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Published On: Wed, Sep 24th, 2014

Nigeria @ 54: Not yet an anniversary with cheers

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By Rogers Edor Ochela

In 1960, Nigeria was a democratic toddler. We started off with the parliamentary system of government, which though worked for Britain with the unfailing precision of a Swiss clock failed to work for Nigeria. Within five years, it crumbled like a cook book cake and Nigerians found themselves searching for under the rubble of the events of January 15, 1966. And the presidential system that we copied from America has been so badly bastardized that the Americans can hardly recognize it.

54 years after, we are still wobbling and in between is a vast stretch of spectacular wreckage teaming with tyrants, false messiahs, frustrated redeemers, aborted dreams, abandoned road-maps, man-made topographies of hell on earth and assorted cannibals and carrion feeders feasting on the remains of a black project.

Nigeria is today walking on crutches having been amputated by the corruption, mismanagement and inefficiency of its leaders. That is the bitter truth. That our nation has over the years been largely plagued by a largely misguided and utterly selfish leadership class, a class that has proved a burden to the nation rather than the blessing it ought to have been. The paramount desires of these leaders have not been to develop the country and improve the common lot, but to perpetuate themselves in power with minimum disruption to their enjoyment of its perquisites and reward.

In all sectors of human endeavour, Nigeria seems to be on all fours and in dire need of redress. Political instability has not only continued to be the albatross for development, the crisis that have trailed our national life pose a sordid source of discomfort. There seems to be a complete lack of capacity by the state to stick to its social contract of guaranteeing the lives of the citizenry in all ramifications. The attendant lack of faith in the country is demonstrated in the people’s penchant to cut corners to survive the harsh weather of life.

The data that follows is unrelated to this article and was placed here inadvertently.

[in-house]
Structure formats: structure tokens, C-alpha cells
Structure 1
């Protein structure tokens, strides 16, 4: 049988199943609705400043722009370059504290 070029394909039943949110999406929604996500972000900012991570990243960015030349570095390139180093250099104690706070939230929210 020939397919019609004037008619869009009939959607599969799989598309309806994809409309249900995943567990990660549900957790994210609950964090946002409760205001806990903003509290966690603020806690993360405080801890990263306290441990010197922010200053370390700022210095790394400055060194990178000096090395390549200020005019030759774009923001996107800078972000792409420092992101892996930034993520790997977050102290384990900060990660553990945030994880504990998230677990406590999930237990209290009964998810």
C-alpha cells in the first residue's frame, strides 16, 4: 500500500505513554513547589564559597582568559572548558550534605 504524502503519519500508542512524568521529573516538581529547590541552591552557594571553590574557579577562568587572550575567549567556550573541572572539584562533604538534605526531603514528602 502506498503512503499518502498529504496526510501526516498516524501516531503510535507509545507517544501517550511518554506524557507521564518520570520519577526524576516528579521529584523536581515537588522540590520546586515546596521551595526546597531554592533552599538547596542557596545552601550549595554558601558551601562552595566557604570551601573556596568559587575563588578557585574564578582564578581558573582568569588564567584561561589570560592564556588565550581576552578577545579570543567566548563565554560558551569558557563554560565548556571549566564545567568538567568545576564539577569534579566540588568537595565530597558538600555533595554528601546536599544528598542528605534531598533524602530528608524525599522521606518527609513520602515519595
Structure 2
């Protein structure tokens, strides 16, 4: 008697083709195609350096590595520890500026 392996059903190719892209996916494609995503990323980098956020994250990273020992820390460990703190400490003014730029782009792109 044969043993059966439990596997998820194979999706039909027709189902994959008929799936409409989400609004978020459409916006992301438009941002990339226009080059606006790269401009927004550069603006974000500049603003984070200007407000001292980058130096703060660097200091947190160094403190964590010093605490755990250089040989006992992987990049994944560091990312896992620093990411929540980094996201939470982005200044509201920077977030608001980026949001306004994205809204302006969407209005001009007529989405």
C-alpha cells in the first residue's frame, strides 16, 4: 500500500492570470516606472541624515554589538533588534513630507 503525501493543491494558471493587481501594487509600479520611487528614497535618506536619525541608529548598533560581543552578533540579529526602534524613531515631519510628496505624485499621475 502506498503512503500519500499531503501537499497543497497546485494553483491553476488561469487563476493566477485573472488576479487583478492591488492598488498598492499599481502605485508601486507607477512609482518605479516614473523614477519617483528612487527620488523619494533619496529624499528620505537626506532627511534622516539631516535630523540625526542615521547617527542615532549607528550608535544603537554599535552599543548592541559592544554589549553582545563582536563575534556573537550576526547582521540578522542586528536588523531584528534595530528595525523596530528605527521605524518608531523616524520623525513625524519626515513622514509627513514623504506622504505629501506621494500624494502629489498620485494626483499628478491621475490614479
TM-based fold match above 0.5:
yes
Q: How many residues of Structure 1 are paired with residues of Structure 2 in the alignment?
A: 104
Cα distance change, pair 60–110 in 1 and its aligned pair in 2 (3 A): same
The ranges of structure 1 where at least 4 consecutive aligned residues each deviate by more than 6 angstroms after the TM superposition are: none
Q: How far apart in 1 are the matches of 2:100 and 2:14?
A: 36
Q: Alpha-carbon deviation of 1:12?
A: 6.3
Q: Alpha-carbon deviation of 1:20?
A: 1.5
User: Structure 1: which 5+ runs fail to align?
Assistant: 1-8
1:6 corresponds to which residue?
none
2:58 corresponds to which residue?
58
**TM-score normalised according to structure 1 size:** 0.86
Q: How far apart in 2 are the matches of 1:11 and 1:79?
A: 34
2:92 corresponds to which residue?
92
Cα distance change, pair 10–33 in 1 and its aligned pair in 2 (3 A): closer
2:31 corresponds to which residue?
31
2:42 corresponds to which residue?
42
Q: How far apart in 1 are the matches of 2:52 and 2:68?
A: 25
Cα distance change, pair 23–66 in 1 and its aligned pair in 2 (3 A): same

Over this last 54 years, we have recorded a phenomenal growth in the realm of negative values and criminal distortion of the African traditional values. More appalling is the realization that there is no end in sight to this bewildering drift in spite of remarkable political re-engineering and social re-orientation. Economic crimes arising from greed has engulfed the nation’s leaders and citizenry and is manifested in uncontrollable corruption, squandermania, treasury looting etc.

Today, corruption and indiscipline have attained a disturbing dimension that no matter what people say or write about it, all you get is a deafening you-can-go-to-hell silence! Jesus Christ spoke of the difficulty of the head of the camel passing through the eyes of the needle. Of course, Jesus was not a Nigerian! Otherwise, he would have known that in Nigeria, an elephant even if it carries a Hippopotamus on its back can easily pass through the needle’s eye. Here, giant camels of corruption easily pass through the eyes of the needle with ease. Sadly, the prognosis and diagnosis of successive governments have yielded little or no result. Government’s anti-graft campaigns have been long on platitudes, but miserably short in implementation.

After 54 years of independence, our economy lies prostrate, bogged down huge debt, dilapidated infrastructure, social strife and general feeling of insecurity, with the citizenry brooding over the bleak future of the nation.